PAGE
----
Contentment is satisfaction with God’s sufficient provision. It is a settled sense of adequacy, a settled sense of enough. You came into the world with nothing, and you were taken care of. You will also leave the world with nothing. Whatever you have amassed here on earth won't help you a bit in the next life. You can't take it with you, and you will not live forever. Let enough be enough. Be content with your needs being met. We can learn much from the experience of men who made millions. John D. Rockefeller lamented, “I have made millions, but they have brought me no happiness.” Cornelius Vanderbilt observed, “The care of millions is too great a load. There is no pleasure in it.” John Jacob Astor sadly stated, "I am the most miserable man on earth.” Henry Ford said he was happier working in a mechanic’s shop.

    Solomon wrote this years ago, but it could have been written today:"Whoever loves money never has money enough; whoever loves wealth is never satisfied with his income. This too is meaningless. As goods increase, so do those who consume them. And what benefit are they to the owner except to feast his eyes on them? The sleep of a laborer is sweet, whether he eats little or much, but the abundance of a rich man permits him no sleep." (Ecclesiastes 5:10-12) Basically, money is like seawater. The more you drink, the thirstier you get.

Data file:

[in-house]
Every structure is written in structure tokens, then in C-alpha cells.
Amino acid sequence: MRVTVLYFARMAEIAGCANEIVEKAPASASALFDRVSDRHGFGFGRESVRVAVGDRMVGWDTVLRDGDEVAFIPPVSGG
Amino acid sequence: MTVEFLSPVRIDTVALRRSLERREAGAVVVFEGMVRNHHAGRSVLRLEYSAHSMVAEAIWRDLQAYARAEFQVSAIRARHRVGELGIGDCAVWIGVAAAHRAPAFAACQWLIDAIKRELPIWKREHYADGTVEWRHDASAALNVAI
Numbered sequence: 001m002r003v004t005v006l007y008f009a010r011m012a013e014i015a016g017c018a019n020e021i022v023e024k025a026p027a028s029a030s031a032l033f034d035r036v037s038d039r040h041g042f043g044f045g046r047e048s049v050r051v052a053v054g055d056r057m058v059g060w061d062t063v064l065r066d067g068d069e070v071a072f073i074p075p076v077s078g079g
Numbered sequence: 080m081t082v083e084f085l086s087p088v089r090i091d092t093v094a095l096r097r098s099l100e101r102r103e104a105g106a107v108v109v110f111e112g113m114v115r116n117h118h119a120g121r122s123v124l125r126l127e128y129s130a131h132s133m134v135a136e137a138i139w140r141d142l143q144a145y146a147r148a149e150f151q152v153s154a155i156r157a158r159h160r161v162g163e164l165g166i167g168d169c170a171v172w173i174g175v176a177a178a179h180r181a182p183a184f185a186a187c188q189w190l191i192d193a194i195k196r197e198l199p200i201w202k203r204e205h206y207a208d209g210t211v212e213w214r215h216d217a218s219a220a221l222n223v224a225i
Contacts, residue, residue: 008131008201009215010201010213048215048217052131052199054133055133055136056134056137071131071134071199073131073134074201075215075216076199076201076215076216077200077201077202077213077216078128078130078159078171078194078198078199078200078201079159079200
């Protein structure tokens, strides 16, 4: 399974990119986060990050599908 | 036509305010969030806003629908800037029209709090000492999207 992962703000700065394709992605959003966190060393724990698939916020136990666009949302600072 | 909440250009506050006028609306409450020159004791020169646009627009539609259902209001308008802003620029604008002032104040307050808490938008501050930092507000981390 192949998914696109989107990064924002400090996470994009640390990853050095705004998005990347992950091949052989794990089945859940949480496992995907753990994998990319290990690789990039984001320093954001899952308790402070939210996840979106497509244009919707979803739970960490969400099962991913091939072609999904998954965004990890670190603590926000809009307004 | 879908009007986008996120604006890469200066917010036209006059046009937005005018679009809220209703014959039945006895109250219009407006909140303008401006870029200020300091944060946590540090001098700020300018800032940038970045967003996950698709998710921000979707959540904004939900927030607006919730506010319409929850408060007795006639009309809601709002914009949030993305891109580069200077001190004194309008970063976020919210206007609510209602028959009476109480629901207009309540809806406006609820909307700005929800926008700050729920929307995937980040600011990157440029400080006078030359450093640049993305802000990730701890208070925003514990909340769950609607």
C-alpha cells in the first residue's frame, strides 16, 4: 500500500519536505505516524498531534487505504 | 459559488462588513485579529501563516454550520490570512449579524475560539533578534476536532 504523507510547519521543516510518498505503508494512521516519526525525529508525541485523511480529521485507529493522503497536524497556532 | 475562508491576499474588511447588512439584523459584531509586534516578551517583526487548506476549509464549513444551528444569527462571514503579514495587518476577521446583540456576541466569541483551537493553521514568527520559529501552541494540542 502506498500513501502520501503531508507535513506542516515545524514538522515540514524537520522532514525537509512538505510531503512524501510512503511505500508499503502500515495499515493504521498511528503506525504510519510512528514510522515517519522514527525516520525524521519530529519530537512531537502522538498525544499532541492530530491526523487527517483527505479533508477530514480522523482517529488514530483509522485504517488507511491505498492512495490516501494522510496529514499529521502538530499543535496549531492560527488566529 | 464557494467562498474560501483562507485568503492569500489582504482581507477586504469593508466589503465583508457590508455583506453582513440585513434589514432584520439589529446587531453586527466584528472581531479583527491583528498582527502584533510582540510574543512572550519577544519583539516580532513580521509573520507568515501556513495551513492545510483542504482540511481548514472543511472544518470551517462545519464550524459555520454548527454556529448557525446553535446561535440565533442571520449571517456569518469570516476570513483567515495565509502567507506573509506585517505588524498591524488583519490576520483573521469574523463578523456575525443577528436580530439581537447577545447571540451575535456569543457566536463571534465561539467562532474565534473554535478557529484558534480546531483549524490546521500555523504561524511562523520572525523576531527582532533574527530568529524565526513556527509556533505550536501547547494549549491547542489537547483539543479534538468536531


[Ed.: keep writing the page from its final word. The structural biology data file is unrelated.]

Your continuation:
It is better not to let your income dictate your lifestyle. Living just below your means may be the wisest course. Moreover, having an attitude of gratitude will keep you from the tireless but ultimately unrewarding pursuit of wealth. When you count your blessings, you can enjoy what you have rather than grow bitter over what you think you need. Often times, we have trouble distinguishing between need and greed.

    The psalmist wisely prayed, “Two things I ask of you, LORD; do not refuse me before I die: Keep falsehood and lies far from me; give me neither poverty nor riches, but give me only my daily bread. Otherwise, I may have too much and disown you and say, ‘Who is the LORD?’Or I may become poor and steal, and so dishonor the name of my God." (Proverbs 30:7-9) Amen.